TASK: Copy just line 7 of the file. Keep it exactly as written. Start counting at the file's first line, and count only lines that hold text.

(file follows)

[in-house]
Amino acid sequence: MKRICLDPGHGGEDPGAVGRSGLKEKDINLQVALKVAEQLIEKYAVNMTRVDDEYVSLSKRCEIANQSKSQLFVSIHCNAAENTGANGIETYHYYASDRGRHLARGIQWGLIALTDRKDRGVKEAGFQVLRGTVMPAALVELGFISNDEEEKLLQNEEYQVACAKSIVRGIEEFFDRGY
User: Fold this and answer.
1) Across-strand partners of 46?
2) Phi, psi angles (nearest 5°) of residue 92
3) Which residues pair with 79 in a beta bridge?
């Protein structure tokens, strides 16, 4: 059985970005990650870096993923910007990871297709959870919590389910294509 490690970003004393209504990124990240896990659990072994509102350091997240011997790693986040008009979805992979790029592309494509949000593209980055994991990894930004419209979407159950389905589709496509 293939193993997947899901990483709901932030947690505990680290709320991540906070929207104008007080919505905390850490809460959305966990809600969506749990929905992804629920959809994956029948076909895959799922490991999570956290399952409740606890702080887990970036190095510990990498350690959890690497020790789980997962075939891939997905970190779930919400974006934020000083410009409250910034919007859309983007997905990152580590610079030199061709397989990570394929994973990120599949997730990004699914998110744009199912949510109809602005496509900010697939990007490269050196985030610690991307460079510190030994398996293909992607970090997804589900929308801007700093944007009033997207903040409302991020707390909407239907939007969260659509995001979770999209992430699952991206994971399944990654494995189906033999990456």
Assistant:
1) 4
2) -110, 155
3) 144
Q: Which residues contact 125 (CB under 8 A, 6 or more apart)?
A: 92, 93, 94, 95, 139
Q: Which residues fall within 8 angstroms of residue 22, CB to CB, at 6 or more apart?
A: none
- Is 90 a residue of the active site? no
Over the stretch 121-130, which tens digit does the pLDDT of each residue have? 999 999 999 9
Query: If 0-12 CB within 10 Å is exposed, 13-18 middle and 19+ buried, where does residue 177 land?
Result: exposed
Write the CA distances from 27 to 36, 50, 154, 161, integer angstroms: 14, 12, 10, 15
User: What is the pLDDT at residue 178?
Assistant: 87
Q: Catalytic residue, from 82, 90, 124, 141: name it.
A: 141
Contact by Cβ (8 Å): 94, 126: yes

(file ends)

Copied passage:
């Protein structure tokens, strides 16, 4: 059985970005990650870096993923910007990871297709959870919590389910294509 490690970003004393209504990124990240896990659990072994509102350091997240011997790693986040008009979805992979790029592309494509949000593209980055994991990894930004419209979407159950389905589709496509 293939193993997947899901990483709901932030947690505990680290709320991540906070929207104008007080919505905390850490809460959305966990809600969506749990929905992804629920959809994956029948076909895959799922490991999570956290399952409740606890702080887990970036190095510990990498350690959890690497020790789980997962075939891939997905970190779930919400974006934020000083410009409250910034919007859309983007997905990152580590610079030199061709397989990570394929994973990120599949997730990004699914998110744009199912949510109809602005496509900010697939990007490269050196985030610690991307460079510190030994398996293909992607970090997804589900929308801007700093944007009033997207903040409302991020707390909407239907939007969260659509995001979770999209992430699952991206994971399944990654494995189906033999990456």